This volume provides an exceptional perspective on the nature, evolution, contributions and future of the field of Cognitive Systems Engineering (CSE). It is a resource to support both the teaching and practice of CSE. It accomplishes this through its organization into two complementary approaches to the topic. The first is an historical perspective: In the retrospections of leaders of the field, what have been the seminal achievements of cognitive human factors? What are the "lessons learned" that became foundational to CSE, and how did that foundation evolve into a broader systems view of cognitive work? The second perspective is both pedagogical and future-looking: What are the major conceptual issues that have to be addressed by CSE and how can a new generation of researchers be prepared to further advance CSE? Topics include studies of expertise, cognitive work analysis, cognitive task analysis, human performance, system design, cognitive modeling, decision making, human-computer interaction, trust in automation, teamwork and ecological interface design. A thematic focus will be on systems-level analysis, and such notions as resilience engineering and systems-level measurement. The book features broad coverage of many of the domains to which CSE is being applied, among them industrial process control, health care, decision aiding and aviation human factors. The book’s contributions are provided by an extraordinary group of leaders and pathfinders in applied psychology, cognitive science, systems analysis and system design. In combination these chapters present invaluable insights, experiences and continuing uncertainties on the subject of the field of CSE, and in doing so honor the career and achievements of Professor David D. Woods of Ohio State University.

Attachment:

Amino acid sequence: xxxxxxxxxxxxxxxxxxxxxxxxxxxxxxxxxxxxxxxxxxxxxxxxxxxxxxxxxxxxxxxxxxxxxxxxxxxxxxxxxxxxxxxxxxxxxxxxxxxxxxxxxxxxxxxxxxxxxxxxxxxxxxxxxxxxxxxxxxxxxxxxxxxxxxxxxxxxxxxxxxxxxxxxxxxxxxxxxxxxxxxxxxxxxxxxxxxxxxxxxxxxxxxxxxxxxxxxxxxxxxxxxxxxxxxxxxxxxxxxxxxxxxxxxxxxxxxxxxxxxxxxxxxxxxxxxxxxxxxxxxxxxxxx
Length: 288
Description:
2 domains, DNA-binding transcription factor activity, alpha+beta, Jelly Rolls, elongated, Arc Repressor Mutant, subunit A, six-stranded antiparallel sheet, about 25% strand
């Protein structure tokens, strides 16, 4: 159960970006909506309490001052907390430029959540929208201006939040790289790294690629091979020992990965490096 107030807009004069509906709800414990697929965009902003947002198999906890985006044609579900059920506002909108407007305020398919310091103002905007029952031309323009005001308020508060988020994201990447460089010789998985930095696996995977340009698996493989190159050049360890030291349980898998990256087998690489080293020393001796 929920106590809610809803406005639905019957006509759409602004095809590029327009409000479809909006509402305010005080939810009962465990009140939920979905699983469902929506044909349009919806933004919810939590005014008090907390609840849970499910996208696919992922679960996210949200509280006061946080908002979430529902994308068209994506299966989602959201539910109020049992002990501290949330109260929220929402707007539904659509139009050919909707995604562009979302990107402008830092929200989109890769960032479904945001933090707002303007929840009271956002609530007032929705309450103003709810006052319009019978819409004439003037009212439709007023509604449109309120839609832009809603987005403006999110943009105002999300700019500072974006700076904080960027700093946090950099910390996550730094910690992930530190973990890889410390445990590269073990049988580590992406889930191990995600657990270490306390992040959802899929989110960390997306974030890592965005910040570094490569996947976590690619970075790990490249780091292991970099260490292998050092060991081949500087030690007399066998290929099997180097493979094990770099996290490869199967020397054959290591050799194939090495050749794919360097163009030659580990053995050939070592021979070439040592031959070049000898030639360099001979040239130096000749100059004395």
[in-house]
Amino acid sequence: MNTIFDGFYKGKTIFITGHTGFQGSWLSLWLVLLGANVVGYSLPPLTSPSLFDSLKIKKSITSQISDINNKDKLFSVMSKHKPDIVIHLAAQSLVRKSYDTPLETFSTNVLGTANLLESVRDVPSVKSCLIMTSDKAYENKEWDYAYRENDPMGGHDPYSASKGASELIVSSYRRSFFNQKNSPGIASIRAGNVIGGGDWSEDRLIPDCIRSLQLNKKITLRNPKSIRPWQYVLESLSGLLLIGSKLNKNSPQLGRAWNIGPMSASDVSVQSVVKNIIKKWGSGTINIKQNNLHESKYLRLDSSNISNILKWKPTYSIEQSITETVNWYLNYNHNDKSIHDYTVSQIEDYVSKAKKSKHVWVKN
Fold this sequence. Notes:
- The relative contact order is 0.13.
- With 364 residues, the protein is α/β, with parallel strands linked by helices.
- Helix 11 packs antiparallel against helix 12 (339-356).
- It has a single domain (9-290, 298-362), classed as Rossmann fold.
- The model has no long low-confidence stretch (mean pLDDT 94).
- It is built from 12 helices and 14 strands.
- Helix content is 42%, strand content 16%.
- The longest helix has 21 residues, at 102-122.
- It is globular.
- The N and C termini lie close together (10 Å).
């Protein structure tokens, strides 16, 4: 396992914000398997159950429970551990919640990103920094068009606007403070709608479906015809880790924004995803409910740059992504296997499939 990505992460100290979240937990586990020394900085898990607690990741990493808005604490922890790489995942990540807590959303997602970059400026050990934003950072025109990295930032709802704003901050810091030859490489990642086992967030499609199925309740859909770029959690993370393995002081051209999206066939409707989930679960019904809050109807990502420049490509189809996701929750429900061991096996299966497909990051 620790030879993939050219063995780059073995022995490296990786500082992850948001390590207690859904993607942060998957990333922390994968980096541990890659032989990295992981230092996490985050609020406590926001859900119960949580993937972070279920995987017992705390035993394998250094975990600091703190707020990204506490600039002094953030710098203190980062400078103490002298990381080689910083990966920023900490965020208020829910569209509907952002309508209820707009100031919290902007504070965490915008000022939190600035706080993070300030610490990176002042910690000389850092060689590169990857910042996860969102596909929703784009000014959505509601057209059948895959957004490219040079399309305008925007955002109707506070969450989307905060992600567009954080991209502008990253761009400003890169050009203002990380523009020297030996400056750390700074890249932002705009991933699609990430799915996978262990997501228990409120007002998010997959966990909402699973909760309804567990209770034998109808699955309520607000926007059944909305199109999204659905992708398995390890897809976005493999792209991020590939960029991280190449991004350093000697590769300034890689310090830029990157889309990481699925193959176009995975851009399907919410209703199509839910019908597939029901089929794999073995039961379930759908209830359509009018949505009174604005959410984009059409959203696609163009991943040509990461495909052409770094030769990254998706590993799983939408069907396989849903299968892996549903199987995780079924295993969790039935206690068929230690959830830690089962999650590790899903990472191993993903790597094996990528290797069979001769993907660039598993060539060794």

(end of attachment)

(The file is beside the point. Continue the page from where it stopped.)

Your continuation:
part I|75 pages

The Evolution and Maturation of CSE

chapter 1|4 pages


ByPhilip J. Smith, Robert R. Hoffman

chapter 2|18 pages

Many Paths, One Journey: Pioneers of Cognitive Systems Engineering

ByRobert R. Hoffman

chapter 3|28 pages

On the Origins of Cognitive Systems Engineering

Personal Reflections
ByDavid D. Woods

chapter 4|24 pages

Medication Reconciliation Is a Window into “Ordinary” Work

ByRichard I. Cook

part II|39 pages

Understanding Complex Human–Machine Systems

chapter 6|18 pages

Understanding Cognitive Work

ByPenelope Sanderson

part III|210 pages

Designing Effective Joint Cognitive Systems

chapter 7|18 pages

Adaptation in Sociotechnical Systems

ByShawn A. Weil, Jean MacMillan, Daniel Serfaty

chapter 8|28 pages

A Taxonomy of Emergent Trusting in the Human–Machine Relationship

ByRobert R. Hoffman

chapter 9|16 pages

Improving Sensemaking through the Design of Representations

ByJohn M. Flach, Kevin B. Bennett

chapter 10|28 pages

Making Brittle Technologies Useful

ByPhilip J. Smith

chapter 11|14 pages

Design-Induced Error and Error-Informed Design: A Two-Way Street

ByNadine Sarter

chapter 12|6 pages

Speaking for the Second Victim

BySidney W. A. Dekker

chapter 13|18 pages

Work, and the Expertise of Workers

ByAmy R. Pritchett

chapter 14|22 pages

Designing Collaborative Planning Systems

Putting Joint Cognitive Systems Principles to Practice
ByEmilie M. Roth, Elizabeth P. DePass, Ronald Scott, Robert Truxler, Stephen F. Smith, Jeffrey L. Wampler

chapter 16|14 pages

A One-Day Workshop for Teaching Cognitive Systems Engineering Skills

ByGary Klein, Laura Militello, Cindy Dominguez, Gavan Lintern

chapter 17|18 pages

From Cognitive Systems Engineering to Human Systems Integration

A Short But Necessary Journey
ByLawrence G. Shattuck

part IV|14 pages


chapter 18|12 pages

Future Directions for Cognitive Engineering

ByKaren M. Feigh, Zarrin K. Chua